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I’m currently tackling the Burda Talea coat, but the pattern for the lining is not provided (except for the sleeves).

I’m trying to decide whether I should just line the sleeves, as per the Burda instructions, OR draft my own lining pattern.

I’ve never drafted or sewn a coat lining before. Does anyone have suggestions for a good tutorial on this for a first-timer?

Many thanks in advance for your advice!


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  • 10th_aug_on_holiday_large

    Jan 6, 2014, 11.05 AMby katensew

    Lining the sleeves certainly makes the coat easier to get on ! It will also help to prevent “bagging” at the elbow.

    1 Reply
    • Slipintosomethingalittle_large

      Jan 6, 2014, 12.24 PMby liaifen

      Is it advisable to only line the sleeves, as per the instructions? Or should I really attempt to line the whole coat?

  • 2013-11-28_10_32_23_large

    Jan 6, 2014, 01.00 PMby PennyMac

    You’re going to be putting a lot of work into that coat and you will want a result that you are completely happy with. Not only does a lining improve the look and wear of a garment but if there are small imperfections on the inside (and speaking just for my own work, there usually are!) they are hidden by a lining.

    I’ve got a rain coat I made years ago. I love the outside of it but every time I wear it I wish I’d extended the half lining (just sleeves and shoulders) to be a full lining (I’m too lazy to go back and change it now).

    So in my opinion, as soon as you ask yourself the question ‘should I line it?’ you know the answer: ‘yes’. If you type “how to draft a lining pattern” into Google you’ll find plenty of advice. Good luck!

    1 Reply
    • 985f0154fdefdf284531d76b36fbffee7a42548e_large

      Jan 6, 2014, 05.03 PMby katexxxxxx


  • Missing

    Jan 6, 2014, 05.26 PMby Jonathan Selig

    Personally, if you are able to, line it.

    If I were really stuck, I’d talk to a local tailor/seamstress. Good ones are a fount of knowledge, and in my experience, don’t mind giving someone 5 minutes of advice. I had a wool coat that I bought second hand, it was too big for me through the body, and the seamstress was invaluable in telling me about the overall construction, materials and if it was worth while taking in. In the end we didn’t because the alterations were extensive, and it would have been a shame to ruin such a well made coat.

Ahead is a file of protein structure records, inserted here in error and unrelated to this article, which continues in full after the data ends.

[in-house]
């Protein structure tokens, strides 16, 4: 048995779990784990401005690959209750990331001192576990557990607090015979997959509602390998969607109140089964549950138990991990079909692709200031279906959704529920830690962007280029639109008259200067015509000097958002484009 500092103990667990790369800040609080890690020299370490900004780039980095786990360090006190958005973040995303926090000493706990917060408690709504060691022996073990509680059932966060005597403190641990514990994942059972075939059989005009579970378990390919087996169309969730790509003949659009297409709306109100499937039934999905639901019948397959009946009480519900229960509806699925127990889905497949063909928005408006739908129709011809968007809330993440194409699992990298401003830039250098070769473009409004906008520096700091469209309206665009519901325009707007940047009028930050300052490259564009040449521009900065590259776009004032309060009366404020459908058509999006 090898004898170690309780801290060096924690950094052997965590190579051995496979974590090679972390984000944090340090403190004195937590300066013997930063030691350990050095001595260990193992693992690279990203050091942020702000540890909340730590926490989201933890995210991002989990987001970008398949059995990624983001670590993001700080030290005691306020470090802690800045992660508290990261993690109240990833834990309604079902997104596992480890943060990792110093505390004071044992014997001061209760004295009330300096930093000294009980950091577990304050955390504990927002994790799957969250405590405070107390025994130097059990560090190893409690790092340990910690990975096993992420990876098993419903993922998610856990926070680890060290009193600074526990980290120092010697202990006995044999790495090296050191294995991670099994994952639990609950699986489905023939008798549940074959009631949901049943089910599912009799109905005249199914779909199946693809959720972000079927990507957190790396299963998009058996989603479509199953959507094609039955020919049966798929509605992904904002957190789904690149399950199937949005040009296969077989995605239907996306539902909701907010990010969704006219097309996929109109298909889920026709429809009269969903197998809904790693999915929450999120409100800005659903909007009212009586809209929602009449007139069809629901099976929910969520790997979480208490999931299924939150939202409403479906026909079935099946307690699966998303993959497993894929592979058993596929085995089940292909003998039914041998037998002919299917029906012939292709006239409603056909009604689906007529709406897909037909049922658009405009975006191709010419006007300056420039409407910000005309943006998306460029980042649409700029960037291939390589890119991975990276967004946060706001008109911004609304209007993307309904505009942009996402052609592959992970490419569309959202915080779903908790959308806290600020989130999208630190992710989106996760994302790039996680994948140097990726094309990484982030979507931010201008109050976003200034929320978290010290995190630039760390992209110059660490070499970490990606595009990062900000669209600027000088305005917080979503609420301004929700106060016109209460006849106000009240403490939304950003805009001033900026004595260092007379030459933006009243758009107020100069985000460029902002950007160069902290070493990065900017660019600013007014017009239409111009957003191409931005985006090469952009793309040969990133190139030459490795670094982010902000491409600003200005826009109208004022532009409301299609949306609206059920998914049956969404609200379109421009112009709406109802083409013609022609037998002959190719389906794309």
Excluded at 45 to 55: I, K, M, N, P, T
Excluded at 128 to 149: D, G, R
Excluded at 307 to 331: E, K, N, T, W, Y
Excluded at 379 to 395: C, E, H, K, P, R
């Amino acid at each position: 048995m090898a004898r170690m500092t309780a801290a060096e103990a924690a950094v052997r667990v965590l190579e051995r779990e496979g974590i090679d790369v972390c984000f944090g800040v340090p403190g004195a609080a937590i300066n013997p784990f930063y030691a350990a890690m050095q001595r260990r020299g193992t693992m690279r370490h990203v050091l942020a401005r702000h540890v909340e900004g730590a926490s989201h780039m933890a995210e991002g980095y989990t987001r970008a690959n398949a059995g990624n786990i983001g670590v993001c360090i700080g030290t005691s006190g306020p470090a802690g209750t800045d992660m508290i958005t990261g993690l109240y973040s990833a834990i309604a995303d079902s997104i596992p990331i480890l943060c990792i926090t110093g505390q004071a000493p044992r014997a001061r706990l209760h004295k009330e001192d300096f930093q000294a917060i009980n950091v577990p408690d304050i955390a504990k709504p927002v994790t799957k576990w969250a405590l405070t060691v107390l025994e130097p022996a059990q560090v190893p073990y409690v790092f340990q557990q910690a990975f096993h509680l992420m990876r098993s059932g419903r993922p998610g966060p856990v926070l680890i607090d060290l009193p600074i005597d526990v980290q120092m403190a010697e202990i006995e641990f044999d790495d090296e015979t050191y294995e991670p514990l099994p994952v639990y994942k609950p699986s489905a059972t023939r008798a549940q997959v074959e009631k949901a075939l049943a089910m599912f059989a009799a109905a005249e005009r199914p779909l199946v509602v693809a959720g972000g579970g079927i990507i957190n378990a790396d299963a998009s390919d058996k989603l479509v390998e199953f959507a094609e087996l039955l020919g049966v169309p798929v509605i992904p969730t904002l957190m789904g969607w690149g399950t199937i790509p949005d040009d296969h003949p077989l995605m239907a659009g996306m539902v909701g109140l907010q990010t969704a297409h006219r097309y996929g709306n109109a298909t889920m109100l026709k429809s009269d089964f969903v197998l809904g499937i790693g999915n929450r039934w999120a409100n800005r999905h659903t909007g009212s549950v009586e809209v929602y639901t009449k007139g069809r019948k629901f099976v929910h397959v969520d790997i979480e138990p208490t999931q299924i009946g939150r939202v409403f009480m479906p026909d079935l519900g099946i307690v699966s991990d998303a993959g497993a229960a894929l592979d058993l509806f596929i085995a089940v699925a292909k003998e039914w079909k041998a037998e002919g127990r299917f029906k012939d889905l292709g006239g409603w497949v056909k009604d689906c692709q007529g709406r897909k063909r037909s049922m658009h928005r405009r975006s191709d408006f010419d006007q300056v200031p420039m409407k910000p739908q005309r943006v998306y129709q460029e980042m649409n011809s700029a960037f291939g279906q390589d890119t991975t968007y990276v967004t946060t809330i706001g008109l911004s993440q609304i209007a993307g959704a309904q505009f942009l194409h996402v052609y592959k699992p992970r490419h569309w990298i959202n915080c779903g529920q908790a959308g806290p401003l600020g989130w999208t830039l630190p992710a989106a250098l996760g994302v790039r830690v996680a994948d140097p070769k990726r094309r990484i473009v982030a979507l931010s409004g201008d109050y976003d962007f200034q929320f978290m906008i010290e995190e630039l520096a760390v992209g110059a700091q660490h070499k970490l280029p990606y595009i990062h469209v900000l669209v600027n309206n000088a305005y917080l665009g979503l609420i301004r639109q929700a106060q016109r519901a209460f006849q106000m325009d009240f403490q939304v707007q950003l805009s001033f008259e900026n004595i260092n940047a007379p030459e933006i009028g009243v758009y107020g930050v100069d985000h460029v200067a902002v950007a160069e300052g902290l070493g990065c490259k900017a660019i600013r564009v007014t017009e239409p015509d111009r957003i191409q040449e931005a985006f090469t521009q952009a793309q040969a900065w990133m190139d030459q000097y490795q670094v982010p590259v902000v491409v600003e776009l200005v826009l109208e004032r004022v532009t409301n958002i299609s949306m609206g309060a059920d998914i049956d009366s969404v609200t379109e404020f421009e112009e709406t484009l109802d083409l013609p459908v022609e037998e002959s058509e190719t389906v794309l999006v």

• Aek_4345_large

    Jan 6, 2014, 08.48 PMby clothingengineer

    I would line the whole coat.

    When I made my Burda trench I drafted a coat lining pattern for the first time using Tailoring: The Classic Guide to Sewing the Perfect Jacket as my reference. I highly recommend this book; it is easy to understand, inexpensive, and covers traditional as well as fusible construction.

    1 Reply
    • Slipintosomethingalittle_large

      Jan 7, 2014, 03.19 AMby liaifen

      Thanks for this recommendation! I’ve been surfing the web, and have found a handful of tutorials. But I haven’t felt confident that I knew how to pick the right one to follow. I will give this one a try!

  • Slipintosomethingalittle_large

    Jan 7, 2014, 03.22 AMby liaifen

    Thank you so much, everyone, for your advice. I’m going to go for it, and draft my first coat lining!! Woohoo!

  • Missing

    Jan 16, 2014, 10.18 AMby motera

    Another option, easier, would be to interline the unlined pieces . Essentially taking the fashion fabric and the lining fabric, cutting them the same , putting them together and treating as one piece of fabric, then finishing the seams nicely with a hong kong finish. This way, you cover the imperfections and scratchiness of the wool, help the fabric drape better, and have a very professional finished inside to the coat.

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